One Struggling Israeli Businessman Does a Deal, but Tycoons Still Owe Billions

Israeli banks are unlikely to recover much of their debt, as current and former business titans struggle.

Eliezer Fishman in 2009.
David Bachar

Bank Leumi reached an agreement on Thursday with struggling businessman Eliezer Fishman to sell hundreds of millions of shekels of assets to help repay 1.8 billion shekels ($470 million) in private debt he owes the bank.

Under the agreement, Leumi attorneys will work with Fishman’s lawyers to sell the assets, mainly real estate, he had put up as collateral on loans under supervision of the courts. The bank agreed not to unilaterally exercise its right to take control of the assets or other collateral, including Fishman’s controlling stake in the financial daily Globes, in favor of a cooperative effort.

Leumi estimates that the assets could fetch as much as 400 million shekels.

Fishman and his 4.5 billion shekels of debt is the biggest of a clutch of troubled, big-name debtors that include the former real estate magnate Moti Zisser and Lev Leviev, the controlling shareholder of Africa Israel Investments.

It also includes Nochi Danker, who once controlled the IDB group, Joesph Greefeld, who once controlled the real estate company Kardan; Shraga Biran, who controlled by Alon Blue Square group and Jacob (Jacky) and Marc Schimmel, Dankner’s former partners in control of IDB.

These former and current tycoons owe the banks some 8 billion shekels in private debt. More than half — 4.4 billion shekels — is owed to Bank Hapoalim. Leumi is next, with some 2.2 billion shekels in problem debt on its books from the seven.

Dankner, who was one of the most powerful businessmen in Israel before he lost control of IDB in a debt bailout, reached an agreement nearly two weeks ago with his six creditor banks that forgives 60% of the 500 million shekels he owes them.

Leumi, which is owed 120 million shekels of the total, went along with the other banks in the arrangement. Three years ago Leumi unleashed a torrent of criticism against it when it agreed unilaterally to write off 150 million shekels that Dankner owed it, in a one-on-one deal.

Delayed payment

Leviev, who owes Leumi 120 million shekels, recently opened talks with his lenders about the 1.1 billion shekels in private debt he owes them. He wants to delay the first 180-million-shekel payment due in November by his closely held investment vehicle Mamorand.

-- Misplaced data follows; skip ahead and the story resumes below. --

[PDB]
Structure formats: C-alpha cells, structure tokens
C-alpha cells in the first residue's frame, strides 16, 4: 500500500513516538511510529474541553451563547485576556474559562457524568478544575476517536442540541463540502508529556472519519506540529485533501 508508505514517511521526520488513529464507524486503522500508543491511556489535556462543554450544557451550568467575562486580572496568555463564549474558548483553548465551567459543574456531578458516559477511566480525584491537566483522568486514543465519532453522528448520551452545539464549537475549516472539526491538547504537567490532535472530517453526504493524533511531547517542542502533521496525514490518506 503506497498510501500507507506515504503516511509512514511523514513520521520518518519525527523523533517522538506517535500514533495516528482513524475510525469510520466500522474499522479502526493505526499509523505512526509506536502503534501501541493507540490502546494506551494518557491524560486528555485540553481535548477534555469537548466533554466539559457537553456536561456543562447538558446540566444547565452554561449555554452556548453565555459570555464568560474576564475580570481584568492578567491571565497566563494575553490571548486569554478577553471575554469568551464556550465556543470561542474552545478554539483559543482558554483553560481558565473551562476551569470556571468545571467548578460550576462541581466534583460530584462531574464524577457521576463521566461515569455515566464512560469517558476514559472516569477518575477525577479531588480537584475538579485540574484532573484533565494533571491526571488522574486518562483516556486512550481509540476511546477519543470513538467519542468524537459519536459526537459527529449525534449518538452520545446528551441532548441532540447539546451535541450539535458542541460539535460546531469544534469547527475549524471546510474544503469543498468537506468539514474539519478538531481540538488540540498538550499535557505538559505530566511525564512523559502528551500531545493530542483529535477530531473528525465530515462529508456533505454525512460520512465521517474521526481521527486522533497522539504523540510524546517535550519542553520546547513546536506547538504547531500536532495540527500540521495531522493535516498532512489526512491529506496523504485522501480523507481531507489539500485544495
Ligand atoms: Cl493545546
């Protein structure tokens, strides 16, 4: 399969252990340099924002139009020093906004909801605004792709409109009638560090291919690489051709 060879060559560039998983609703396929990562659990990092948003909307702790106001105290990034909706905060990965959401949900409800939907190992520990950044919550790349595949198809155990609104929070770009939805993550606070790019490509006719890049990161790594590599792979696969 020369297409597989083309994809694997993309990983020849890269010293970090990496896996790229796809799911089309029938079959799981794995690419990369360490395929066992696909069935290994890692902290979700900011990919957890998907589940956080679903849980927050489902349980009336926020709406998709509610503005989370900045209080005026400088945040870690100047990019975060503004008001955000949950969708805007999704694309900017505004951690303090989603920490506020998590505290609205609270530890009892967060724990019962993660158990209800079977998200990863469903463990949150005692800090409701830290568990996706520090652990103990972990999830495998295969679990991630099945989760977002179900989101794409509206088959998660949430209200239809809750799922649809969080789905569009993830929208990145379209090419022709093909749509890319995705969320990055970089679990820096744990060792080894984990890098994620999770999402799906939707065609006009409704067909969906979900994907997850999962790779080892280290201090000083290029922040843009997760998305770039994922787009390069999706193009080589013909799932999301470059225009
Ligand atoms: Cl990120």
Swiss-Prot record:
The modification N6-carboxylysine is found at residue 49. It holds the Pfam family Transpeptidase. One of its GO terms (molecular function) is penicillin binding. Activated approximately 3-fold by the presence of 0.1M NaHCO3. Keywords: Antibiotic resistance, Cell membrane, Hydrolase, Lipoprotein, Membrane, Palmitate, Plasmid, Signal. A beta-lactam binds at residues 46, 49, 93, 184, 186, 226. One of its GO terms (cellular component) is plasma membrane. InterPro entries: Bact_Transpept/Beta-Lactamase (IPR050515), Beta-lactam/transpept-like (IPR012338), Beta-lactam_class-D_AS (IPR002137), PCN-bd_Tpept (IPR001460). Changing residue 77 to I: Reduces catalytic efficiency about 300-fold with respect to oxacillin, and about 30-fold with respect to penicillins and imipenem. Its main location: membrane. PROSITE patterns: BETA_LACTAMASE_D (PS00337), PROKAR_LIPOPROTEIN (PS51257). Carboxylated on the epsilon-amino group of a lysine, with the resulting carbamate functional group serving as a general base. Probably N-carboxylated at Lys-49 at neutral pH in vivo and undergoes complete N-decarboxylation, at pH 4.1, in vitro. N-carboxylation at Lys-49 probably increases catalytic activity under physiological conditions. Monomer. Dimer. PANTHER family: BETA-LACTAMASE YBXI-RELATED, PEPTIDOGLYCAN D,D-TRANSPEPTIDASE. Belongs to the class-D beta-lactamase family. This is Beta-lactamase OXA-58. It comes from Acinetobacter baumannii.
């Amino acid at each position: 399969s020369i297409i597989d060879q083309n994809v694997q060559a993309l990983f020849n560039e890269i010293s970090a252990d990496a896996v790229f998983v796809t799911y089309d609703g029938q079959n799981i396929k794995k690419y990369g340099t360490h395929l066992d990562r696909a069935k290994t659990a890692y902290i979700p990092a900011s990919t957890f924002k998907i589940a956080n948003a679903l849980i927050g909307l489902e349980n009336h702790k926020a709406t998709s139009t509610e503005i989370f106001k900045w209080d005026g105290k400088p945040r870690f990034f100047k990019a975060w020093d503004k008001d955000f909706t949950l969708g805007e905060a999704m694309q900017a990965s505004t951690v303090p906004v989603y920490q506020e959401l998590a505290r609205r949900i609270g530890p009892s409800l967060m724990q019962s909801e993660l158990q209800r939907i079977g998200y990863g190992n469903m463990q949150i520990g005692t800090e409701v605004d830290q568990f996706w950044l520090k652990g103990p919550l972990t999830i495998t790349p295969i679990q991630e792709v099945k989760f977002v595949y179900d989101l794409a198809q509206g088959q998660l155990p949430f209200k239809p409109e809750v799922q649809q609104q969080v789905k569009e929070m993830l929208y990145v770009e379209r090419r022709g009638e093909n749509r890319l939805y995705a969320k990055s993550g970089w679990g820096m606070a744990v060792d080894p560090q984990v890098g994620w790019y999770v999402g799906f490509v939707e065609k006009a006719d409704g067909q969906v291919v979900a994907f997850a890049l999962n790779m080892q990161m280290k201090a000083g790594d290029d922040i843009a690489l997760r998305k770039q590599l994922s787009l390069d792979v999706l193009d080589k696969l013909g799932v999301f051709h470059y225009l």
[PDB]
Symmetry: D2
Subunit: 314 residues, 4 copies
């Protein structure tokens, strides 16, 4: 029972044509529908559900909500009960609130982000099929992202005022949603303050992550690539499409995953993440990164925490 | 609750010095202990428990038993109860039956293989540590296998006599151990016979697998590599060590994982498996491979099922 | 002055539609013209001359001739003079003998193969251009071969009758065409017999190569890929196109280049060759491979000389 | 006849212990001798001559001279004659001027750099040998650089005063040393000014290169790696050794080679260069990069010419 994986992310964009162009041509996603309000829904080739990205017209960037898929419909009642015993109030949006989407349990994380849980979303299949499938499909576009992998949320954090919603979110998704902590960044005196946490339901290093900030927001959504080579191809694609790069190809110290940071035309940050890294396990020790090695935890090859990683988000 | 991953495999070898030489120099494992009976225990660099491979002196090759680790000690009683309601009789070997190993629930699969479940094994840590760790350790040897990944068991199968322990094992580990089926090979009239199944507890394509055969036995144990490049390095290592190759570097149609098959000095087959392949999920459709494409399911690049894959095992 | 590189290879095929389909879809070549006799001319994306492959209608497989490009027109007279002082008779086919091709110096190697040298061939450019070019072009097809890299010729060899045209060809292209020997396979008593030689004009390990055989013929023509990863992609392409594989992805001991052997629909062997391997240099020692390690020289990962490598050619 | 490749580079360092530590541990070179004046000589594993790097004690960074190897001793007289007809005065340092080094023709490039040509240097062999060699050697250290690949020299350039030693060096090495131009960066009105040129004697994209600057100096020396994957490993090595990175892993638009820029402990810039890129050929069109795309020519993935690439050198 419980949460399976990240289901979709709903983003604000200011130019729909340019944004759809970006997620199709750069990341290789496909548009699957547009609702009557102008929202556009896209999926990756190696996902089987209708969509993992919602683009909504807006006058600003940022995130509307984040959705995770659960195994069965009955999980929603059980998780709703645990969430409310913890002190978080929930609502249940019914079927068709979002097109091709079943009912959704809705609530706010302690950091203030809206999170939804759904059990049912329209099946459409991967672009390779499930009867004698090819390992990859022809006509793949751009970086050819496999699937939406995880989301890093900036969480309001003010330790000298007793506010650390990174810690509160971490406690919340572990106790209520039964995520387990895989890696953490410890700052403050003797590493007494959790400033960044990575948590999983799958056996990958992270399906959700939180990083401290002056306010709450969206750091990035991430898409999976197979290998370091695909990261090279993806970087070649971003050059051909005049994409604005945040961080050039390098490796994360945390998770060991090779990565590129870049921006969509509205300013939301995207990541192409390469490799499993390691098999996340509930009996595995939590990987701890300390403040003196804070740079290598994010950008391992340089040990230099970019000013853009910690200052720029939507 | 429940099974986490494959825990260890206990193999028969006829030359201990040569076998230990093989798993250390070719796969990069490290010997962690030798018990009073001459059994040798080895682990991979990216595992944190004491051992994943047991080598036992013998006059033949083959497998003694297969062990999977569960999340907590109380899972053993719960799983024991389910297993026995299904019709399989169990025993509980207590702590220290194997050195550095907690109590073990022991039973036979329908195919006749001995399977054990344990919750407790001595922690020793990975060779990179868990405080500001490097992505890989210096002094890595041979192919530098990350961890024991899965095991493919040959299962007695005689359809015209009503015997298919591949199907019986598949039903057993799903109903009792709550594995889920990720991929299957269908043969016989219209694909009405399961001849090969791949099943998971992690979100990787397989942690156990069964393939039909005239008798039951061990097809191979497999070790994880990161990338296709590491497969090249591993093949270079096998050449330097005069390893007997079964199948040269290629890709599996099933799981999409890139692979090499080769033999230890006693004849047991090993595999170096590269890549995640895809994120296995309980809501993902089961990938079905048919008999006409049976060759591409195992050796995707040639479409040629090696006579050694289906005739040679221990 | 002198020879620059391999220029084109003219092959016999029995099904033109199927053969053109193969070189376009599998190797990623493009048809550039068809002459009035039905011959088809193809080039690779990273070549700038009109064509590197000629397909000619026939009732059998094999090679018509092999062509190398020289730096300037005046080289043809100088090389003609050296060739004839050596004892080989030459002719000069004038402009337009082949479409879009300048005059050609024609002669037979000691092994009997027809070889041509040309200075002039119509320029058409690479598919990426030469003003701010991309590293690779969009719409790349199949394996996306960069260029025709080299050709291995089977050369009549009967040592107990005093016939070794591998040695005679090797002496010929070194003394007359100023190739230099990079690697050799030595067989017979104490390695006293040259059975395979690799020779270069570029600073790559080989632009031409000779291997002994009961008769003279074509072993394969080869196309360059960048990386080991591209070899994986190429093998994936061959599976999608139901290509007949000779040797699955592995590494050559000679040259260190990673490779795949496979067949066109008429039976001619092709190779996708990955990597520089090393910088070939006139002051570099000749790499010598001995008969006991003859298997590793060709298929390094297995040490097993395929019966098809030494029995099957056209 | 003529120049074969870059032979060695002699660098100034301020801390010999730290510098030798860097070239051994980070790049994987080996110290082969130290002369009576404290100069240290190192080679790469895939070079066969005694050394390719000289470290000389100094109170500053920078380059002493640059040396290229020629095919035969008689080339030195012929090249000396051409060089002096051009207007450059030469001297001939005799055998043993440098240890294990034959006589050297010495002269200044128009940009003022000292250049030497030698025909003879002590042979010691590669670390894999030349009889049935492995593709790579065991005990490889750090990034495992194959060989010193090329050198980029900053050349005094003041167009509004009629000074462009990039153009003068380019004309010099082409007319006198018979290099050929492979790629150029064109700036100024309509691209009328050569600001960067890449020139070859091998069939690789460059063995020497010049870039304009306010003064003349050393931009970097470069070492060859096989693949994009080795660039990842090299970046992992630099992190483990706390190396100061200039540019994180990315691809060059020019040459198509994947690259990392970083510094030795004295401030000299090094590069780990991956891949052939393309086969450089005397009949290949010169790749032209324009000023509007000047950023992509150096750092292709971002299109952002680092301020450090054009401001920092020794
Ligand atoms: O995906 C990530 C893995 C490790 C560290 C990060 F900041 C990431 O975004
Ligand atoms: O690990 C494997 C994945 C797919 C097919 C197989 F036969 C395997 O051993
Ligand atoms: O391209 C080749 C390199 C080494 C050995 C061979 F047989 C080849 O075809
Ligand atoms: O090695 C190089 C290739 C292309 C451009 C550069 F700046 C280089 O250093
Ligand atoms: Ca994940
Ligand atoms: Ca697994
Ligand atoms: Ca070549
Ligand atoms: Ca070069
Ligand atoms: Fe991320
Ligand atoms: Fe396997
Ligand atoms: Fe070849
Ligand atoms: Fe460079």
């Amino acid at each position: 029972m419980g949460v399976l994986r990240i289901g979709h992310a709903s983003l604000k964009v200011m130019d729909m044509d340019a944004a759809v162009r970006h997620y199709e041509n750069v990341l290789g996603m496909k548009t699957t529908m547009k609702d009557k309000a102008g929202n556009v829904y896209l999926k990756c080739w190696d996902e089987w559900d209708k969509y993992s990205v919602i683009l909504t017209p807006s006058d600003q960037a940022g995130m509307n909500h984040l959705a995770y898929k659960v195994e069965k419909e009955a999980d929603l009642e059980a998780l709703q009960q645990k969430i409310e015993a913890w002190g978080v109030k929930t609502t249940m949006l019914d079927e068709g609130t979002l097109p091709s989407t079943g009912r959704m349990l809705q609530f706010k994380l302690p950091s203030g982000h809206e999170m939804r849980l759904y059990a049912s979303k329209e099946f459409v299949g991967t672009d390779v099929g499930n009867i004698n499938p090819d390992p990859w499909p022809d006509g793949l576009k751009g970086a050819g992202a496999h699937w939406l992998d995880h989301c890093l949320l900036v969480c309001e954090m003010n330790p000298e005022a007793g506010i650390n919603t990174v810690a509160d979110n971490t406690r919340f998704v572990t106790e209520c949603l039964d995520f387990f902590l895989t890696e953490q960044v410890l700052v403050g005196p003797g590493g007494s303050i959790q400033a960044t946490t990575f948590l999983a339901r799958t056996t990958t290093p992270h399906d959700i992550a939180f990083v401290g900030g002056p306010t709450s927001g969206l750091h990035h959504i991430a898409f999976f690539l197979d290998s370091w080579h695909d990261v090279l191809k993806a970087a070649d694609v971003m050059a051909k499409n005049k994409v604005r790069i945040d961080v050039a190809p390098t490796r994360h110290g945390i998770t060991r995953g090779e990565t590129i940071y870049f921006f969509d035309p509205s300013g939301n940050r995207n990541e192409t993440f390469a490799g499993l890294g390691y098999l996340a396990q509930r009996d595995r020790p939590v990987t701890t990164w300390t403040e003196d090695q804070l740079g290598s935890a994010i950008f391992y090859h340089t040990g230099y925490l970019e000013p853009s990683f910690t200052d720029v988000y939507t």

Leumi is resisting Greenfeld’s proposal to erase 95% of his 290-million-shekel debt to the banks, of which 110 million shekels belongs to Leumi. The Tel Aviv District Court has ordered Greenfield and his creditors to arbitrate their dispute in a process to be supervised by Judge Varda Alsheich and return with an agreement in September.

A 22-million-shekel debt the Schimmels owe Leumi was backed up by a 9.2% stake in Ganden, the holding company that once controlled IDB, but the stake will be hard to collect because it turns out to be controlled by trustees in overseas tax shelters.

The 4.5 billion shekels of problem debt on Hapolaim’s books will be one of the first matters facing its incoming CEO, Arik Pinto. Pinto, whose appointment was approved by the Bank of Israel over the weekend, may take a tougher line than his predecessor, Zion Kenan, against the bank’s tycoon debtors.

Like Leumi, Hapoalim has already written down the problem debt, so failure to collect on it won’t appear in future profit-and-loss statements. Any successes, however, will be reported a “recovery.” It would also send a message that big debtors get the same treatment as others.

Fishman owns Hapoalim 1.8 billion shekels, 1 billion shekels of which he borrowed 17 years ago when he acquired a minority stake in the Yedioth Aharonoth publishing group. The bank has as collateral Fishman’s personal assets as well as 34% of Yediot group, 75% of his holding in the Ten Petroleum gas station chain, 90% of home improvement chain Home Center among others.

Hapoalim has declined to publicly disclose its policy in collecting the debt. In the past it tried, and failed, to find buyers for the Ten stake. The bank would presumably prefer to not try to dispose of Home Center, which is in a highly competitive segment and has had poor results, requiring Fishman to inject cash as part of a bailout with the retailer’s bondholders.

TheMarker revealed this month that Noni Mozes, the controlling shareholder of the Yedioth group, sought a foreign investor to take Fishman’s stake as well some of his own stock. If it happens, Hapoalim might get some 350 million shekels.

Like Leumi, Hapoalim is now in talks with Leviev, whose private investment vehicle Mamorand owes it 700 million shekels of the 1.1 billion shekels in debt it holds. Hapolaim was surprised at the request because Leviev has been reliably repaying about 200 million shekels every year.

Leviev has tried to project an image of business as usual, but the financial situation of his real estate empire, centered on Africa Israel, is poor because of its exposure to the troubled Russian economy. Africa Israel is negotiating a se debt bailout and Leviev is under pressure to inject cash.

The bank has done little to collect on the 150 million shekels Dankner owns it, or the 120 million shekels Greenfeld owes it. Unlike Leumi, Hapolaim was agreeable to Greenfeld’s offer.

The fate of the 1.4 billion shekels Zisser owes Hapoalim is unknown, but the bank is unlikely to collect on most of it. The same goes for the 350 million shekels Biran owes through his closely held Alon Retail. A decision on the debt of the entire Alon Group, which is controlled by Biran and others, will be decided once bondholders decide whether to make good on their threat to liquidate the company to collect what they can of the 1.7 billion shekels owed them.